Djuna Mascall, E.R.Y.T. 500, is a rare teacher who illuminates the interconnectedness of the body, mind, and heart.
She gracefully integrates her extensive knowledge of anatomy, alignment, and the wisdom of yoga and the Dharma. She has been a student and teacher at Spirit Rock and finds her spiritual home there.
Djuna is faculty for Prajna Yoga and her teaching is a reflection of thousands of hours spent studying within this lineage. Her offerings are rooted in mindfulness and the traditions of yoga and the Buddha Dharma.
She combines meditative practice and wisdom study with the power of asana training. The investigation of yoga postures and movement is designed to cultivate sensitivity and vitality, while supporting the body’s capacity to heal. The poses are approached as vehicles of insight, inviting us to wake up through depth of knowledge and practice.
Djuna offers workshops and teacher trainings internationally, and annual retreats at Green Gulch and Tassajara. She is also a certified yoga therapist in private practice. Djuna graced the cover of Yoga Journal in October, 2012 and was featured the same year in their August issue.
Djuna’s teaching is inspired by her connection to nature and the sea; she sailed across the Pacific in a small engine-less sailboat and is the first woman on record to circumnavigate the Kenai Peninsula in Alaska by kayak. She currently lives on Orcas Island, WA and teaches weekly classes at Orcas Mandala Yoga Studio.
“My path in becoming a yoga teacher has been circuitous. I came to yoga in college and when I moved to Orcas I began teaching Ashtanga at a local farm to the interns and community members. I then found senior Iyengar teacher Felicity Green, and spent two years learning the basics of the asanas and how to teach them. Along the way, myself and three other yoga teachers opened a studio on Orcas.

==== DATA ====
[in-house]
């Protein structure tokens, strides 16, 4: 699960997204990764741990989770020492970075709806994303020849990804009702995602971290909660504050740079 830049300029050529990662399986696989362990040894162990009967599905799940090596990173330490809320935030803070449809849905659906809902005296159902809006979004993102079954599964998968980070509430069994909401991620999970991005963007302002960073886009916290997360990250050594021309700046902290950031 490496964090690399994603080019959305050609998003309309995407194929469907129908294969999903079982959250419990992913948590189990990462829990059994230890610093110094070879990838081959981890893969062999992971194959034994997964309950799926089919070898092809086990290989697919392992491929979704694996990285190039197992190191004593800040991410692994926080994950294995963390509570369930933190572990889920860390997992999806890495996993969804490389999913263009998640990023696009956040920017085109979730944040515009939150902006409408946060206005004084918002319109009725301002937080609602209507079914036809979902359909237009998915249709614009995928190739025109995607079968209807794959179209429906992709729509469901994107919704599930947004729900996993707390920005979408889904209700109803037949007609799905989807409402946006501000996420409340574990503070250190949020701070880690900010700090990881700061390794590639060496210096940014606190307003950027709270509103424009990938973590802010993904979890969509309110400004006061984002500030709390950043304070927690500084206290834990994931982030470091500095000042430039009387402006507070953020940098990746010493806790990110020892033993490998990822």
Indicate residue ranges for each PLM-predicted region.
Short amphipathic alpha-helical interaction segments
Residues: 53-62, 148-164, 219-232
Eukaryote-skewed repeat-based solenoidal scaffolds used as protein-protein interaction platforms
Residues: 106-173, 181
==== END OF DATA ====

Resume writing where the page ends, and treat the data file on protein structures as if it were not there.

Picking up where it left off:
I met Tias Little at a Yoga Journal Conference and knew immediately he was my true teacher. I found myself traveling to Santa Fe to study, running a yoga studio, working full time doing restaurant work, while building a cabin and homestead by hand with my husband. Early mornings found me chopping kindling then rolling up our futon so I would have space to practice, or listening to dharma talks while painting the cabin. In studying with Tias I found myself drawn into a deeper, more interior world, one that also connected me with others and nature. I began kayaking avidly and working for a kayaking school, and my yoga practice echoed the dynamism of the ocean and currents around Orcas Island, as well as the deep quiet of living in the woods. Teaching yoga wasn’t something I considered as a career, but a container for all that I was experiencing both physically and internally.
After a few years of working so hard to teach, I left Orcas and landed in Marin and was quickly invited to teach at Tassajara, Esalen, and Green Gulch, as well as being on the cover of Yoga Journal. I taught regular classes at Yoga Mountain in Fairfax, CA and soon began co-teaching a training there.
Since then, I balance my life between teaching in our local Orcas Island community, in California, and abroad. I mentor with Tias and study Yoga Therapy with SarahJoy Marsh. I’ve also found mentorship in working with my dreams as a powerful way to delve into my unconscious.
Now, yoga is the foundation of all that I do. Every poem, novel, podcast, or moment of friendship somehow informs my practice and teaching. In the wider world, yoga has become another commodity, which is okay in it’s own way, as long as people are practicing. However, my deepest wish is for all to experience yoga or integration as the deepest current in their lives.”
Photos Courtesy of Satya Curcio Photography